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How sensitive is your hearing?  Believe it or not many singers find that certain sounds/noises are extremely irritating and sometimes painful to listen to.  Personally I find anyone singing off key makes me feel physically sick, some singers find certain frequencies and decibels irritating like high pitched laughter, screams and loud noises, some to such an extent that the ears experience a 'ringing' sound, ear popping or stuffiness for some time afterwards or more severly cause bleeding of the ears.

If you have auditory problems or sensitive hearing you can take a few precautions to avoid irritation.

  • Wherever possible - avoid the noise that irritates!

  • Use Earplugs to lessen the sound

  • When rehearsing use a large room with an open window to allow the sound to dissapate

  • If you have to use a small room try and deaden the walls so that the sound does not 'bounce' (egg boxes, carpet tiles or foam are suitable).

  • Avoid aspirin--it causes tinnitus.

  • Avoid practising your singing after Swimming and make sure you dry your ears thoroughly

  • Don't sing with a viral infection unless absolutely necessary

  • Avoid drinking Alcohol

If this is an ongoing problem and you are encountering regular occurances of tinnitus, stuffines, ear popping, intense pressure, or bleeding from the ears make an appointment to see your Ear Nose & Throat Doctor as soon as possible.  You may need a TYMPANOGRAM which is a test to see how the ear responds to pressure.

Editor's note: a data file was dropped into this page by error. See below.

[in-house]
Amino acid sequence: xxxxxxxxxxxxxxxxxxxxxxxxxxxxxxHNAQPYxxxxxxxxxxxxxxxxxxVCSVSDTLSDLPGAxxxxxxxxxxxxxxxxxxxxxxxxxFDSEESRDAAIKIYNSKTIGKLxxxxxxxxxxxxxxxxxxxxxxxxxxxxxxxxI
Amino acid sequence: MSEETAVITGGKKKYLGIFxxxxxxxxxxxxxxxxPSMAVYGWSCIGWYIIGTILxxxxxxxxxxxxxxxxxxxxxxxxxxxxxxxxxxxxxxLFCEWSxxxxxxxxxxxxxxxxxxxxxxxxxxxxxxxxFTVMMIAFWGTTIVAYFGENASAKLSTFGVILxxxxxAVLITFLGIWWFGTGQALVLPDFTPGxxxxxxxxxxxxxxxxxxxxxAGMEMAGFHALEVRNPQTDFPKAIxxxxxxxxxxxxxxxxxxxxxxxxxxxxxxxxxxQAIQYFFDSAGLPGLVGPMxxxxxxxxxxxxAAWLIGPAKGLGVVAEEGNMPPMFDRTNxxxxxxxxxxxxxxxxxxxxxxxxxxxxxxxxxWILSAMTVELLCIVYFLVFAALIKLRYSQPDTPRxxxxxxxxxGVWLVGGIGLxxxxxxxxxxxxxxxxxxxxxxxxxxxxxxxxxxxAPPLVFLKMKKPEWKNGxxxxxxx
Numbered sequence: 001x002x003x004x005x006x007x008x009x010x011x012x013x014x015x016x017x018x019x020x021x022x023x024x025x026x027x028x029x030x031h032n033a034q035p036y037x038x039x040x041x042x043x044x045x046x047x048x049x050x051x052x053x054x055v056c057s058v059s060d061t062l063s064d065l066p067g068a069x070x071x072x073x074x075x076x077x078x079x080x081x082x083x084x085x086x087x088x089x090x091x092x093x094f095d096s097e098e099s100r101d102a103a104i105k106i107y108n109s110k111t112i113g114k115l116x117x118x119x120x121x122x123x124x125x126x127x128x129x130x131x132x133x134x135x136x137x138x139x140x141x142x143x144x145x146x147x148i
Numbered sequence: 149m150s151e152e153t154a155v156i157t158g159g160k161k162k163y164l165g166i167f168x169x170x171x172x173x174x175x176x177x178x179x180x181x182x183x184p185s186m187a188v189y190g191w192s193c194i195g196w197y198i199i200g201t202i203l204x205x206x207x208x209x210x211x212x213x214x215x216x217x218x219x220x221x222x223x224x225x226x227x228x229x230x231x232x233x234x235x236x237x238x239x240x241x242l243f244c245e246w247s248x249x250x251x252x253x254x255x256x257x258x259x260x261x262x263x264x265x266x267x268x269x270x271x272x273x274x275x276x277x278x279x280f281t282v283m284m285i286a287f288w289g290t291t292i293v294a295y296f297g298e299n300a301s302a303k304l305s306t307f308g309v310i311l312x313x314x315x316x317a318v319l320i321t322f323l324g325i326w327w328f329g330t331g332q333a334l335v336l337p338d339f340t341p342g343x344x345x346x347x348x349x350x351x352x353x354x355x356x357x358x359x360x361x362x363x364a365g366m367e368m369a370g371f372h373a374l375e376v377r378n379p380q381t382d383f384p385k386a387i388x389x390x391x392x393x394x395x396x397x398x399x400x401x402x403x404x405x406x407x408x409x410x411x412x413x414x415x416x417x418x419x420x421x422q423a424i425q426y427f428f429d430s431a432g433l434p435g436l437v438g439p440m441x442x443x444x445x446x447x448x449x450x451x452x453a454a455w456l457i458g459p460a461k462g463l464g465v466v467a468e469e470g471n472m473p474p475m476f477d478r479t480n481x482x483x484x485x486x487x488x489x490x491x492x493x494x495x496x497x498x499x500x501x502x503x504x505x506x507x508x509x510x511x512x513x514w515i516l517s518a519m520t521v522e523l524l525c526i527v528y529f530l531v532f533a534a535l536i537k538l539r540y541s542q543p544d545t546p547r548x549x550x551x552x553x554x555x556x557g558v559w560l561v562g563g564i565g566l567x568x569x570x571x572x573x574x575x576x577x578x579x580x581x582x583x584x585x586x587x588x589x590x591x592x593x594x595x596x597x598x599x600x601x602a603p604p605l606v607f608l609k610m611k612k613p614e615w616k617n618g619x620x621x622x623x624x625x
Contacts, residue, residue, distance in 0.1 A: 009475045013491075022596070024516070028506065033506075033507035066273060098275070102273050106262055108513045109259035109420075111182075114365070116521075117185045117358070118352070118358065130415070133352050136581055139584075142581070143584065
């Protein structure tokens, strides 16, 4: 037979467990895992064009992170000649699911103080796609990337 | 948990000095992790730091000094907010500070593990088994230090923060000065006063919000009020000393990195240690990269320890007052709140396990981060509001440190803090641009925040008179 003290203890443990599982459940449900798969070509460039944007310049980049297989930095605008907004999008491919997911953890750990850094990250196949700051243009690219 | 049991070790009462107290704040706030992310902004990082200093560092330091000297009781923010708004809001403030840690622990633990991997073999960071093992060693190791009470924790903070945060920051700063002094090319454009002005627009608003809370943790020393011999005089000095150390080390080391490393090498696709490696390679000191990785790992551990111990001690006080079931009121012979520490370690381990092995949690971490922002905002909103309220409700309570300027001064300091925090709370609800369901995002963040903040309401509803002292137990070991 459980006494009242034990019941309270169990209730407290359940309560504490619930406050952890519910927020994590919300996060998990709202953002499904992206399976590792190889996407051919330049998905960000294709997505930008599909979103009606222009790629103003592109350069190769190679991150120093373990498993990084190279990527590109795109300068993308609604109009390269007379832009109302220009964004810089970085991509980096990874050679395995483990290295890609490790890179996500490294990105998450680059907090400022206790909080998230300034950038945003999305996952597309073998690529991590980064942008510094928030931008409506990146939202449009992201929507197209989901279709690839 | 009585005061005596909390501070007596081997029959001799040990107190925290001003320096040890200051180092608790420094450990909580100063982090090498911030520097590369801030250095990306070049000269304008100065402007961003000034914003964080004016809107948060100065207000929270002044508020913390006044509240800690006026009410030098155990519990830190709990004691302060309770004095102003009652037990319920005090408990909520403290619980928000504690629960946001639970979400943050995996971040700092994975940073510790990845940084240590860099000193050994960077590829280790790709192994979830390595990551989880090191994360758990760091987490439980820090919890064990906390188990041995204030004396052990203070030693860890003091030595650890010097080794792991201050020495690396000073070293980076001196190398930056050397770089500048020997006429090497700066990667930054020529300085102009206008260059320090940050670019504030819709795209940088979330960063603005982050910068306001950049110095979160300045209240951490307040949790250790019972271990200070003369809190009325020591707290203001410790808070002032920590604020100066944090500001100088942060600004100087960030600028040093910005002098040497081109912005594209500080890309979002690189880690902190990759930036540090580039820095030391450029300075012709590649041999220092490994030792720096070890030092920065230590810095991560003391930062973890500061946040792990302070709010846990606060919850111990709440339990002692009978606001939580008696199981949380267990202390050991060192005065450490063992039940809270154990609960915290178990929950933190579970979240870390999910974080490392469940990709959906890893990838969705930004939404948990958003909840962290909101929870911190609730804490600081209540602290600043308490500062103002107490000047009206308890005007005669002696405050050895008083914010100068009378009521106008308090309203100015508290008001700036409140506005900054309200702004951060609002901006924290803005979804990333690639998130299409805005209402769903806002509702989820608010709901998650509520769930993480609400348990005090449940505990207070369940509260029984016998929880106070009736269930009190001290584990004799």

Vocal Health Kit Vocal Health Care Kit
This vocal health kit contains everything a singer needs and makes a great gift from supporters of their dream!

Also Read
Singing With Hearing Loss
Things Singers Should Avoid.
Throat Tension
Vocal Health
Vocal Health Q & A available on the FAQ

Health Links

These are just a small example of the extensive links to online information and resources we have available in the Vocal Health Links section, which contains links to anatomical and health related articles, organisations and advice for singers. (All links open in a new window).

Excessive Noise Levels
FAQ by Douglas Yeo (bass trombonist, Boston Symphony Orchestra) on excessive noise levels on stage

Hearing Education and Awareness for Rockers

L'Atelier du Chanteur's Singers FAQ
extensive Singers Health FAQ.

La Voix
French site (no english) has some excellent diagrams of the larynx, respitory, hearing and resonation systems of the body.

Digital DIY - Protecting Your Hearing
A word in your ear by Clive Williamson (Sound on Sound writer).

Royal National Institute for Deaf People provides information for tinnitus sufferers, hard of hearing and deaf people. Their site includes a searchable directory of uk services and a host of free factsheets and leaflets on all aspects of hearing loss, tinnitus and deafness available for download.

The Elements of Acoustics and Psychoacoustics
provides an interesting insight into sound, its production and how we hear it which includes a diagram and explainations of the working of the ear provided by Leeds University.

Vocal Acoustics in the Theater
article available at VoiceTeacher